Top Shelf: The 'grueling' job of stocking a wine cellar
A month ago we talked about the growing interest among homeowners to add a wine cellar. This time let’s look at the fun part what wines to choose to stock the cellar.
But because there is a seemingly endless variety of wine out there – and because you’ll have to do some research and sample vintages and varietals before you lay in your wine – it can be a grueling experience, if that’s the right word. Hey, it’s a tough job, but someone’s got to do it.
There are great ways to sample wines before committing yourself to filling your racks. Chris Conrad, wine director for Martignetti Companies of New Hampshire suggested going to wine tastings held by vendors. “Also go to one of the charity wine events, such as the Easter Seals Wine Spectacular, held in January. There, you can taste a huge variety of wine and your admission goes to a great cause.”
Because a wine’s character changes dramatically with aging, Conrad said it would be smart to buy several bottles of the same wine at once, drink one now, and cellar the rest. “Then try a bottle every six months or every year and note the changes. If, say after three years, the wine can’t taste any better to your palate, go ahead and consume the rest during that year.”
He also said the New Hampshire State Liquor Commission offers case sales — 12 bottles — every month, featuring a different region at sales up to 20 percent off the regular price. “For November, wines from Spain, Italy and Germany are on sale. These kinds of sales are a great way to stock your cellar,” Conrad said.
Which brings up another point — inventory control. Most of us probably don’t need some DOD RFID-style supply chain management system for the number of bottles being cellared. (If you do, call us and we’ll help you get rid of your excess inventory.)
Darren Wood of Vintage Makers, a Hudson-based builder of wine cellars and wine storage systems, suggested just a simple spreadsheet.
“Using something like Excel, something that is easy, works great. Try categorizing your collection by variety, vineyard and vintage.”
Conrad took the low-tech approach. He said you might want to consider dividing your rack space into thirds or regions, such as California, France and the rest of the world. “That way, you’ll always have a general idea of what wine is where. Then just use some simple white tags with the wine’s information hung on the bottle neck,” he said.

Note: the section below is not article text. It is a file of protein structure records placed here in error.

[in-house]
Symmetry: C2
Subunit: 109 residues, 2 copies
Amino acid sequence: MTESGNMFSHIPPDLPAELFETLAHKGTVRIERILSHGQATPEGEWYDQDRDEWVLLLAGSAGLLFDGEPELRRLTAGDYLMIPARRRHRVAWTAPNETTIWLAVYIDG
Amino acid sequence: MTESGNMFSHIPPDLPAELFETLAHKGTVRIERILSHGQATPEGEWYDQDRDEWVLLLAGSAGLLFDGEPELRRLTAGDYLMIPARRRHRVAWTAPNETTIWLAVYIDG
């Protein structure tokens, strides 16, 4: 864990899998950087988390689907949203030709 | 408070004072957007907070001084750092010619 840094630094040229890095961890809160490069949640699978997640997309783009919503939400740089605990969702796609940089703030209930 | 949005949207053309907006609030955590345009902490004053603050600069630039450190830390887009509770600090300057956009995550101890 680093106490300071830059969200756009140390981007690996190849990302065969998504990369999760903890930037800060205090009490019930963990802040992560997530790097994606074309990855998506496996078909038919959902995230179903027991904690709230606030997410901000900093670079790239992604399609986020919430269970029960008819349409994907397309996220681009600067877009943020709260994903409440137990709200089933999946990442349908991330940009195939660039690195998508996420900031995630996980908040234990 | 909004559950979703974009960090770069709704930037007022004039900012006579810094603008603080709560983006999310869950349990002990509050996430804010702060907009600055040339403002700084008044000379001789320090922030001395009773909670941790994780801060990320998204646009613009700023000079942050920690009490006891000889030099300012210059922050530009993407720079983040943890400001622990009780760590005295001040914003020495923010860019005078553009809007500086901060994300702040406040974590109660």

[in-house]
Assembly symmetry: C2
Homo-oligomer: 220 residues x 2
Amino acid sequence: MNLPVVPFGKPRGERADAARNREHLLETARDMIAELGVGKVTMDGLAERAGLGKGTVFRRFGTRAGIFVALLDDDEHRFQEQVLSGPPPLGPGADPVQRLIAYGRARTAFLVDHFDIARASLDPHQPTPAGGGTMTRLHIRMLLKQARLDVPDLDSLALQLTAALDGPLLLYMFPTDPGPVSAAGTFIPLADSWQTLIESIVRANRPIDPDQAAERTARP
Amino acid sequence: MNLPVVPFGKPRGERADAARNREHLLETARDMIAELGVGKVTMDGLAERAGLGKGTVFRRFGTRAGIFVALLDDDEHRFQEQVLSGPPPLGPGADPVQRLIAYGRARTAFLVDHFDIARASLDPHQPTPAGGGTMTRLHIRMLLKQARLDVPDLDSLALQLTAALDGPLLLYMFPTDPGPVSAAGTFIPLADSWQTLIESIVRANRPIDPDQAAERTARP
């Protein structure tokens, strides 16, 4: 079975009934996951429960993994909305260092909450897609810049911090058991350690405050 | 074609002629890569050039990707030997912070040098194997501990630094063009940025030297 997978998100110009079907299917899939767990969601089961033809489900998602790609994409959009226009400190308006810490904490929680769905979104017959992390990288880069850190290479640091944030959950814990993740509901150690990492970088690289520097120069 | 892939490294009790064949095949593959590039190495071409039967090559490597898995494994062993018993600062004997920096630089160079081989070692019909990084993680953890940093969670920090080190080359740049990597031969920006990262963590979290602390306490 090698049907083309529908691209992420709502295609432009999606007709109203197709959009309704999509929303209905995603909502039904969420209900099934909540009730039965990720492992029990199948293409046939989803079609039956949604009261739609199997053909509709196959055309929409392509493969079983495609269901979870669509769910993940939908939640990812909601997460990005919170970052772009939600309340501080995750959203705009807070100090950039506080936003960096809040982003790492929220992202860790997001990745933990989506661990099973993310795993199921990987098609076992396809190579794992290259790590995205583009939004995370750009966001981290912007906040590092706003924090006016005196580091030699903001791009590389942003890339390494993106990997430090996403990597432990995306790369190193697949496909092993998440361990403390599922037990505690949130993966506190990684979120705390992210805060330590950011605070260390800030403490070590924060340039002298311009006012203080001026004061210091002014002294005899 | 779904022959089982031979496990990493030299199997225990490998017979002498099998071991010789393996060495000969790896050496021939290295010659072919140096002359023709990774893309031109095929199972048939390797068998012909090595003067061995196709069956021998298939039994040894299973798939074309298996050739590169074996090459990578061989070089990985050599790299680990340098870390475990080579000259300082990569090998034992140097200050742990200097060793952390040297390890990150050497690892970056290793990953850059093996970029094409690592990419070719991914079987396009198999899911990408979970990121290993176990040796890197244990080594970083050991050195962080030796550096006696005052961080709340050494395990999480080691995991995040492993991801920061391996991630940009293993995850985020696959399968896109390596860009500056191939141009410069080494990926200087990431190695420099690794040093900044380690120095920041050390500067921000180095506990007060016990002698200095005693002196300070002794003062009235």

New Hampshire Liquor Commission ‘Picks of the Month’
To help you get started outfitting your new wine cellar, here’s a list of the New Hampshire Liquor Commission’s November “Picks of the Month.” Some are perfect for drinking now, especially the Beaujolais, others can stay nestled in your racks for a bit longer.
• Franciscan Oakville Estates Cabernet Sauvignon ($19.99) — Light the grill and then open this bottle and let it breath. The initial fruity aromas will hook you into your first glass. With hints of cherry and a peppery finish this will compliment your grilled lamb as well as your chocolate dessert.
• Aquinas Chardonnay ($13.99) — This Chardonnay will compliment a plate of strong cheeses. With a buttery texture and slight fragrance of pears this is also a great anytime Chardonnay. After enjoying its buttery texture it has a smooth finish with a great aftertaste.
• Edmund St. John, Rocks and Gravel ($17.99) — A dark reddish purple, when you swirl this wine in your glass and breath in you get a burst of “Rocks and Gravel” on the nose. This wine offers ripe, almost grapey mixed berry and plum aromas with a hint of spice. Juicy plums and fragrant black pepper on the palate, textured and chewy. Good fruit and acid balance. Enjoy with your favorite spicy BBQ recipes.
• Beaujolais Nouveau (price varies) — This popular holiday wine is truly one of the season’s greatest treasures. This light fruity red wine is an exceptional entrance into the new vintage year. You must experience this young release to appreciate it. Whether you’re bringing the wine or serving it, the festive labels and versatile flavors will fit into any holiday party. So grab a bottle when you see it because when it’s gone it’s gone and it should be enjoyed just as quickly.
• Adelsheim Vineyard Pinot Gris ($13.99) — A spritzy beginning with a refined finish this wine explodes on your tongue. The citrus flavors zap your mouth before bringing it to a pleasantly soft ending. This wine pairs well with a variety of shell fish.
• Mouton Cadet Bordeaux ($8.99) — This very approachable Bordeaux is perfect with pasta and homemade marinara sauce. With earthy tendencies this easy drinking Bordeaux has blackberry aromas and soft tannins. The attractive price tag intrigued me initially, but the perfect blend of Merlot, Cabernet Sauvignon and Cabernet Franc pleasantly surprised me.